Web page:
Coaching employees can feel like an overwhelming task.  Not only is your calendar already jam-packed, but what do you say when you have an employee sitting across from you?  What if you can’t solve their problems?  These are some of the reasons that some people may use to avoid coaching.  If you struggle with coaching, then keep reading!

As we learned in Michael Bungay Stanier’s interactive and engaging session How to Coach in 10 Minutes or Less: Practical Coaching Skills for the Time-Crunched Manager, coaching does not have to be time consuming or overwhelming if you follow 3 principles and ask 5 questions.



Be Lazy

Remember how you were concerned about what to say or whether you could solve your employees’ problems?  Stop worrying and be lazy. When you are meeting with an employee, don’t do all of the talking. You don’t have to be the expert and you should not take on their problems. Michael Bungay Stanier talked about the “advice monster” that we can all relate to: the powerful feeling we get when someone is sharing a problem with us and the advice we want to give them is building inside of us. Ignore the advice monster, turn off the internal chatter, and listen.

Be Curious

The advice monster usually wants to make its appearance early in a conversation. Instead of giving advice, be curious about what you are hearing. Ask questions (stay tuned for the questions you should be asking).

Be Often

You may have one-on-ones with employees in your calendar weekly, bi-weekly, or monthly for 30 – 60 minutes at a time; these meetings can feel like a chore. Scheduling one-on-ones in this manner usually means that there is a flood of information which can be hard to process for both people. Check in with your employees frequently.  Coaching in this manner results in spending less time per check in, providing a more effective way of managing expectations and behaviours, and improving communication. As Michael Bungay Stanier pointed out, meeting once per month won’t change someone’s behaviour.



Now that you know the principles, it’s important to know what questions you should be asking.

What’s on your mind?

Starting off your conversation with this non-leading question focuses the conversation on the employee’s agenda and gives them the freedom to answer the question the way they want.

What’s the real challenge here for you?

Once the employee has shared what’s on their mind, it’s time for them to share what they feel their challenges are. By posing this question, you are asking the employee to distill their thoughts down to the challenges they need to focus on.

A.W.E. (And what else?)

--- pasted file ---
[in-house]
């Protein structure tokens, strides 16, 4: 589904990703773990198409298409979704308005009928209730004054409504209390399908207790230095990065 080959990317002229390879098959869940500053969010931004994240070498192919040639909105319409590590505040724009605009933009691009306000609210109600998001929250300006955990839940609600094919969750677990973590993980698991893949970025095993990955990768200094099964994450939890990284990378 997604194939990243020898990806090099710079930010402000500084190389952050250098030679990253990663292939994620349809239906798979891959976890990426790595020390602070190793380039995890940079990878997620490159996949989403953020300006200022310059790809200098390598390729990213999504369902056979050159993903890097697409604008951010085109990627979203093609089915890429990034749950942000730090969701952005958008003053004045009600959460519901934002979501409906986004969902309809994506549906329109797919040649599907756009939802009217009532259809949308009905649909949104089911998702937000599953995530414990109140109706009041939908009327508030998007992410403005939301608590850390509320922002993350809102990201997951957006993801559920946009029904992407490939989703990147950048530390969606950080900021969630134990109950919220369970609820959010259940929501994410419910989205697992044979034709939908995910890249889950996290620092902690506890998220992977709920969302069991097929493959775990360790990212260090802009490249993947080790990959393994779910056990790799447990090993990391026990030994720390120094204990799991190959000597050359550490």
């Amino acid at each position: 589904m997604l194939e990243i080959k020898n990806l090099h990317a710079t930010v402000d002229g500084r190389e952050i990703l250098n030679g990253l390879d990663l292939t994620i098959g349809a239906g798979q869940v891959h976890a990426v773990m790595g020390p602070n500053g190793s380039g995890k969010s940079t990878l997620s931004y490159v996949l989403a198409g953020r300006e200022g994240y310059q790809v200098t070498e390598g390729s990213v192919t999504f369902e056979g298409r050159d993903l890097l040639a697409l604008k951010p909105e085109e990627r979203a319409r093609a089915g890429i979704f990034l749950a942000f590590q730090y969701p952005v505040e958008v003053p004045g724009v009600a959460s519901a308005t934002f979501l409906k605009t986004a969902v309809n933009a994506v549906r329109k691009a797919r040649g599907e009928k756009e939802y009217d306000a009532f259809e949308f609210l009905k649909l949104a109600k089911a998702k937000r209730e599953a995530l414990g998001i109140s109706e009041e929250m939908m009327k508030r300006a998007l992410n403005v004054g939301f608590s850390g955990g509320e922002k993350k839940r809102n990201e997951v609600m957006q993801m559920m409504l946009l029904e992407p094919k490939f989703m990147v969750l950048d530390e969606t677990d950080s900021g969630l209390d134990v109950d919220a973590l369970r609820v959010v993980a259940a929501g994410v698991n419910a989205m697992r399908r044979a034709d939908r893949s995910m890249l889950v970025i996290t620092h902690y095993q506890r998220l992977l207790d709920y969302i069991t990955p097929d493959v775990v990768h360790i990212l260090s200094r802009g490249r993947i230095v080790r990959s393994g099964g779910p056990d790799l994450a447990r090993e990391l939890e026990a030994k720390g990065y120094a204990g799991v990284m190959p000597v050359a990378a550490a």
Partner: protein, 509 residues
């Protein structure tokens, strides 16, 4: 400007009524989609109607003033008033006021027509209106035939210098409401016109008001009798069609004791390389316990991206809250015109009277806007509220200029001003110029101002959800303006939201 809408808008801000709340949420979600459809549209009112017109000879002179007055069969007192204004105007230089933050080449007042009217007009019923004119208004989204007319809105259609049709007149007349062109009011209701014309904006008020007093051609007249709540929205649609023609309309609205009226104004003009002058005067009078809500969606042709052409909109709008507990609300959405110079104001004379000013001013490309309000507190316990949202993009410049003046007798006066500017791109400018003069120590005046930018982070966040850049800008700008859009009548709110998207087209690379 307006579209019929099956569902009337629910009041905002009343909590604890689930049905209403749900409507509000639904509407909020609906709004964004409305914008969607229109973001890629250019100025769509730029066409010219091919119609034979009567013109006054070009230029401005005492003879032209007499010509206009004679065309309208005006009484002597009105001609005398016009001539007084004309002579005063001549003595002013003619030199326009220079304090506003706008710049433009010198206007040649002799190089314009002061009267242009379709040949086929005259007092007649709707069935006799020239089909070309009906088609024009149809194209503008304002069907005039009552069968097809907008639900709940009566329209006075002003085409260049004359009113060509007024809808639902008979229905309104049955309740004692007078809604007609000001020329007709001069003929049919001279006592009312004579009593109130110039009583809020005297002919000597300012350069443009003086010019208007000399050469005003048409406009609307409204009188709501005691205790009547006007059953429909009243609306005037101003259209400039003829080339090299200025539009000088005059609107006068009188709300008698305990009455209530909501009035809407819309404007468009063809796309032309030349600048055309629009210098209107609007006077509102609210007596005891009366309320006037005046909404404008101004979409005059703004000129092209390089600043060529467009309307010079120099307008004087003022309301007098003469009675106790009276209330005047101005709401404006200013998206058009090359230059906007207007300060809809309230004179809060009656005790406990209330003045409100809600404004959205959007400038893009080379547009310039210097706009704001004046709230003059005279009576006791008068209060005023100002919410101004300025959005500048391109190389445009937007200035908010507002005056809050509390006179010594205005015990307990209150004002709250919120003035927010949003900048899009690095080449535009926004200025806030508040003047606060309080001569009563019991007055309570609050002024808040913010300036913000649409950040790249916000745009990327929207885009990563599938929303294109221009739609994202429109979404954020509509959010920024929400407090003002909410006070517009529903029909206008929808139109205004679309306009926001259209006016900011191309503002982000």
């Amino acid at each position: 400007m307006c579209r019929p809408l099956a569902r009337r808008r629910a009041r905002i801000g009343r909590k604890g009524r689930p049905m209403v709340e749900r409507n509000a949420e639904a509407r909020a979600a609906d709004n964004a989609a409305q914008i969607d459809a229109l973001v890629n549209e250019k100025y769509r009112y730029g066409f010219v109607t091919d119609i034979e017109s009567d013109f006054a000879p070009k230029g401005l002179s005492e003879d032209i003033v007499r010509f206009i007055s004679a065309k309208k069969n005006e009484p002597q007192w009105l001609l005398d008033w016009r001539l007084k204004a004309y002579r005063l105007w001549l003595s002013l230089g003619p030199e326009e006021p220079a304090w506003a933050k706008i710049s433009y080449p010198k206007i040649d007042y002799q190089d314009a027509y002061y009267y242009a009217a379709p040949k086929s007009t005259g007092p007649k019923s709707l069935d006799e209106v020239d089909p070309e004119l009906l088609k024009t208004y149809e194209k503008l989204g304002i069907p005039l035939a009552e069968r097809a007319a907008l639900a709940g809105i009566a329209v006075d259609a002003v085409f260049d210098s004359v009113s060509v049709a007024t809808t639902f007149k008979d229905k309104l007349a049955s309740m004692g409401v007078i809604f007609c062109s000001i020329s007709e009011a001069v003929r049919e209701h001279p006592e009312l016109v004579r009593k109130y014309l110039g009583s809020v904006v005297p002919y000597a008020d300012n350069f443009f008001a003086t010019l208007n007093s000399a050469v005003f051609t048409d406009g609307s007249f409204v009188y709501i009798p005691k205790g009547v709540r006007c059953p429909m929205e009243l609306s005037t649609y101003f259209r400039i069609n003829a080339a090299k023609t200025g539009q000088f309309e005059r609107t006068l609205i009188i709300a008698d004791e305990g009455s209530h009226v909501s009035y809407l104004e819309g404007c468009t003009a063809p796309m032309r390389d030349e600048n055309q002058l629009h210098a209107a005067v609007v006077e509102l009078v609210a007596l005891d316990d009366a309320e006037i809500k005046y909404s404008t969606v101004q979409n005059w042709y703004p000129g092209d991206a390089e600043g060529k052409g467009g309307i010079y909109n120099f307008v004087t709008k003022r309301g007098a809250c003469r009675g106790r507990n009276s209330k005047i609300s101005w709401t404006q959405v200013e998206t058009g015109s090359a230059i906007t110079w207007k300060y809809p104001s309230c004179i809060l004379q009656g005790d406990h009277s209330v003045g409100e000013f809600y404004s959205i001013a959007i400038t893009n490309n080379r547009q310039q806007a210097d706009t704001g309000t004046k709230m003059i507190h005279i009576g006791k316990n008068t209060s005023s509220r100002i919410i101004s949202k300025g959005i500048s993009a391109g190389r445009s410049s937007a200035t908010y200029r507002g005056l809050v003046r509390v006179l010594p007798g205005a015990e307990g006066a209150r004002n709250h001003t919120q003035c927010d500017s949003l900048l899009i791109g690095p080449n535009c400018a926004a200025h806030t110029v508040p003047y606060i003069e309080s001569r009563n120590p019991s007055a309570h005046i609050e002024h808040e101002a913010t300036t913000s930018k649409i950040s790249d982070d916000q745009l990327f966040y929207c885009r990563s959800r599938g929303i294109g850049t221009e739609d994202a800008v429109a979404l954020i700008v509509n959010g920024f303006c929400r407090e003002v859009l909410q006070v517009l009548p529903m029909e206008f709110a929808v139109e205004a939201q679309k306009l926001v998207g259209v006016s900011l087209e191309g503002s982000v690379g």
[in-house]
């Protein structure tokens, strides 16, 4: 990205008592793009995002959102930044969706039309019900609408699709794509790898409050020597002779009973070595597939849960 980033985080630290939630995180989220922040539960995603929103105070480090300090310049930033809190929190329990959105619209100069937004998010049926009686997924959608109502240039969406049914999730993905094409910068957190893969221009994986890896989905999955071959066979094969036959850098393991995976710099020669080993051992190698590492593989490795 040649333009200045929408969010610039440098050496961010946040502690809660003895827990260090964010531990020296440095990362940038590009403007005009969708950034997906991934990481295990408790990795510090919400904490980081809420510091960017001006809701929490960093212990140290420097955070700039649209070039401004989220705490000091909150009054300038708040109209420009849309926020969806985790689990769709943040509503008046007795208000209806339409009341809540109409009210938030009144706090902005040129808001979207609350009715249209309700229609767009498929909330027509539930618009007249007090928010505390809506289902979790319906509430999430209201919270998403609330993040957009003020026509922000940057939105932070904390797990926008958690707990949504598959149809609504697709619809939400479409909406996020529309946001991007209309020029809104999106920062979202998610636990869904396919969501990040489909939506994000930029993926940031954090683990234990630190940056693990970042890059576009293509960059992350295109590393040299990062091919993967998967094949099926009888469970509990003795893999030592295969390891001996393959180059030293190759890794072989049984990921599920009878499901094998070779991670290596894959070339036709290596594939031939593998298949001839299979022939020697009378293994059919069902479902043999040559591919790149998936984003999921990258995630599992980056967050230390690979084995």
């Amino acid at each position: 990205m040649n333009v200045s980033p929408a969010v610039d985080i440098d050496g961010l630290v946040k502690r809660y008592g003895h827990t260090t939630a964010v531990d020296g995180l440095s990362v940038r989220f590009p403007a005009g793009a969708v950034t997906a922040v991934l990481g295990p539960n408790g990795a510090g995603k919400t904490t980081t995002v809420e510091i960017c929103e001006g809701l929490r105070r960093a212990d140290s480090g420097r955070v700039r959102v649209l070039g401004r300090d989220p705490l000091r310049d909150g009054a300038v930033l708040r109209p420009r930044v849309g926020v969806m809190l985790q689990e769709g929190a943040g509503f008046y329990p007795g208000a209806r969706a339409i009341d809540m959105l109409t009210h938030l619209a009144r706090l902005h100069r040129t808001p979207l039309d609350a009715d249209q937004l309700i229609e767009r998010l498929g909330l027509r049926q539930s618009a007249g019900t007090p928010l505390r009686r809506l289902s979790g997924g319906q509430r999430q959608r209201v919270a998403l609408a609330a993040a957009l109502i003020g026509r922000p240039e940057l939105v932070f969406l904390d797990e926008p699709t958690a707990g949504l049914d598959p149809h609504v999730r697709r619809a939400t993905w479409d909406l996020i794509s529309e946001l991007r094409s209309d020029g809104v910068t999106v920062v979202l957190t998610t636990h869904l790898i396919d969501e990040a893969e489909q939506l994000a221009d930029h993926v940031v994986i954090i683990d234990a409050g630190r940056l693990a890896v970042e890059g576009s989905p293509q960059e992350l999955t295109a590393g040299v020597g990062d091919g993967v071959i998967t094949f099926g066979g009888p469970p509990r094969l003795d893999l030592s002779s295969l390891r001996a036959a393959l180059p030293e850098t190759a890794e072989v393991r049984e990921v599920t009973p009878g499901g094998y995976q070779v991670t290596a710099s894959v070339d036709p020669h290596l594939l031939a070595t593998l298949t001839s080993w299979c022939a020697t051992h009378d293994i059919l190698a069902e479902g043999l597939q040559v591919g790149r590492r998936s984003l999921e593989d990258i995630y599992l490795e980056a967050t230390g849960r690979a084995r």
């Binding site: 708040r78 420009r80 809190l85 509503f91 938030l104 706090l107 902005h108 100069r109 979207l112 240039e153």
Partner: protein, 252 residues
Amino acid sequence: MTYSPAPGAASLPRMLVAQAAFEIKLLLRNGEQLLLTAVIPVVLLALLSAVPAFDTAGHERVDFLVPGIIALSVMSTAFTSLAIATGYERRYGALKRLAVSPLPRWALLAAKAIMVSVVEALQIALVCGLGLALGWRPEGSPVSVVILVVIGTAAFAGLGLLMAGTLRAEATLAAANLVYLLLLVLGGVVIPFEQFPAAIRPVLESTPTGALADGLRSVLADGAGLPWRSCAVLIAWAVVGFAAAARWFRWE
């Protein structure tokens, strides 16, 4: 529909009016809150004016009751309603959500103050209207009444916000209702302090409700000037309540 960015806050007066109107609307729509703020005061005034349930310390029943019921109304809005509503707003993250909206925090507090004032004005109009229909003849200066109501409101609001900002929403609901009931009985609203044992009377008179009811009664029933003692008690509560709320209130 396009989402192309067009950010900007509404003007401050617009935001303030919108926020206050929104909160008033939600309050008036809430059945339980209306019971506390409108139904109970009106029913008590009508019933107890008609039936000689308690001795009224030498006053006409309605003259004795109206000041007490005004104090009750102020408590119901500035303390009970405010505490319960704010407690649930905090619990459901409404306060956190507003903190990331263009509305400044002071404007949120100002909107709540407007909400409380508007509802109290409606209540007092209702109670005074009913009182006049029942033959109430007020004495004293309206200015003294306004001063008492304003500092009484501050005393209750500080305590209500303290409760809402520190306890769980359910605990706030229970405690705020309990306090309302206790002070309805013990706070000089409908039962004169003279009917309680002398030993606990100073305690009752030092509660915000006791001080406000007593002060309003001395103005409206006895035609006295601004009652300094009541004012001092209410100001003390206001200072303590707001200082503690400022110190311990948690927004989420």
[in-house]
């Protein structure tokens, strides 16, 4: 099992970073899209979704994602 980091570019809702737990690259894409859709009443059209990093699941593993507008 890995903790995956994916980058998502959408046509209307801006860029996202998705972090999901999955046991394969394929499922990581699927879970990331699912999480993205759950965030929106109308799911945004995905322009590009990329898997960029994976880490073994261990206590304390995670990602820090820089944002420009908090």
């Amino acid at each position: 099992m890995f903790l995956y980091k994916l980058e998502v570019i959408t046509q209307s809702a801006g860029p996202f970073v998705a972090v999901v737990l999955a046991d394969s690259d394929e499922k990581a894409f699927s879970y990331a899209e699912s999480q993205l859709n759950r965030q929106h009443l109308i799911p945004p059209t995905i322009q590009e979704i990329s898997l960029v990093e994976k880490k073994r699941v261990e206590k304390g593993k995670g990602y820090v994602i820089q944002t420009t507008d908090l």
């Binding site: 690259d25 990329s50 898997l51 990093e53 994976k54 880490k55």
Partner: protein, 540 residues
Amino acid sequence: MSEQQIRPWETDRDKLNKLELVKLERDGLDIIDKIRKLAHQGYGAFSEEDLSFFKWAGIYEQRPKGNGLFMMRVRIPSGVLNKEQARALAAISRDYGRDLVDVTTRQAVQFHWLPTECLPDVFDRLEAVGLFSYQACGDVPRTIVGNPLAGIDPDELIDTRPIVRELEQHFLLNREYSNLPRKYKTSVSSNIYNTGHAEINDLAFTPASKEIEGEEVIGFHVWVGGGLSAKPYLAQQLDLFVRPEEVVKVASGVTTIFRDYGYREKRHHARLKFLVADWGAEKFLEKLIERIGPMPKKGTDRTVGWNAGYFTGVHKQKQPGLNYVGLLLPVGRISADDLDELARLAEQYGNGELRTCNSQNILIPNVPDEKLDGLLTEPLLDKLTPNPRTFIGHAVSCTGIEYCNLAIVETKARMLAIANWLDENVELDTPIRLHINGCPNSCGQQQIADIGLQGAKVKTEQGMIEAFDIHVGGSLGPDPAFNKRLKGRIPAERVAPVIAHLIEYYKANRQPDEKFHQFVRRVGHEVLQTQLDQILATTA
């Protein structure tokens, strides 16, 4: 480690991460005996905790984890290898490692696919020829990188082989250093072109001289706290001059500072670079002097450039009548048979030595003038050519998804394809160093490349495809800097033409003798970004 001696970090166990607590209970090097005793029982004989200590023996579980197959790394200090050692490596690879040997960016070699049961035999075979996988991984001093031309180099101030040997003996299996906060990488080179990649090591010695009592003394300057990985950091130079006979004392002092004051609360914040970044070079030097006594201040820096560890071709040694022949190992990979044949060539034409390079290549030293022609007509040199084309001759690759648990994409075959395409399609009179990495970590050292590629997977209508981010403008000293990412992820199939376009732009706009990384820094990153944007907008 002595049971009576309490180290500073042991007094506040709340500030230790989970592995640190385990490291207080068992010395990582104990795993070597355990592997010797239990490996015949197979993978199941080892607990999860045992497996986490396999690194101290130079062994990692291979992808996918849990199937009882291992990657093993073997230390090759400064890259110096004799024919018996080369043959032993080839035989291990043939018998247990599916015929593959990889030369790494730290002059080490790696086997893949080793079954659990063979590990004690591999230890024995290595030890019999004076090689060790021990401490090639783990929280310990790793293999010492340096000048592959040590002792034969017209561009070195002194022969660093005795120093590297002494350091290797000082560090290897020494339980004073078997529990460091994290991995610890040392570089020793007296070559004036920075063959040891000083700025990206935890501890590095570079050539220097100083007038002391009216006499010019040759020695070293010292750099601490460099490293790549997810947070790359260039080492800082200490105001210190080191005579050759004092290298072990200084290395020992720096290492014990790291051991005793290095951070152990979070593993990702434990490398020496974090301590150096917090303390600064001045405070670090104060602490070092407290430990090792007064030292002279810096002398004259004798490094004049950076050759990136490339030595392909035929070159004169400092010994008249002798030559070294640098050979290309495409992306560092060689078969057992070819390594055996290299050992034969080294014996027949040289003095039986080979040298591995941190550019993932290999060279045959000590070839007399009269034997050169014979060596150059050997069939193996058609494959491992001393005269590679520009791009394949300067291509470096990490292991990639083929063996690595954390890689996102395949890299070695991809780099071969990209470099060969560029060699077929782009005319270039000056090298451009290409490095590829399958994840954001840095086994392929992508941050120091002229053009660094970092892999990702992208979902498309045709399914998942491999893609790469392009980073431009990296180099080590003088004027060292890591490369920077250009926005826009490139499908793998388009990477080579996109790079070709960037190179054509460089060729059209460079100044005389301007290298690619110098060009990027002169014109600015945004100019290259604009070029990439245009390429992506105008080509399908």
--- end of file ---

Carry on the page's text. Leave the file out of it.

Keep the conversation going.  When the employee has finished talking about their challenge(s), probe for more information by asking them what else.  The employee may talk more about what’s on their mind or they may continue to list challenges that they face. Michael Bungay Stanier shared that the first thing that someone tells you is not usually the most important issue and probing with the “what else” question may help them get to the heart of the issue.

As the employee continues to answer these probes, feel free to ask the question “what’s the real challenge here for you?” again; new information may uncover new challenges.

What do you want?

By this point in the conversation, the employee has described their challenges and it’s now important to understand what they want in terms of the outcome and/or support they need to overcome the issues.  People generally do a poor job of knowing what they want and asking for what they want.  Once you ask the question, be prepared for the ensuing silence while the employee thinks about their response.

What was most useful?
The final question is to ask the employee what was most useful during the conversation.  This question will enable you to get feedback on how they think the conversation went which will allow you to improve future one on one conversations.

We practiced this coaching technique during the session and it initially felt a little awkward asking and answering these questions, but the more I practiced, the more comfortable I felt.  The idea is that you use this approach to coach more frequently for shorter periods of time (10 minutes or less). Using this coaching approach will take some practice as you let the employee do most of the talking and ignore the “advice monster” that builds inside of you.  Give the employee the time and opportunity to discover the solutions to their challenges with as much (or as little) support as they need from you.  Check in with employees often to build solid relationships and keep the lines of communication open.  Share this coaching method with the time-crunched managers in your organization and help them become stronger leaders.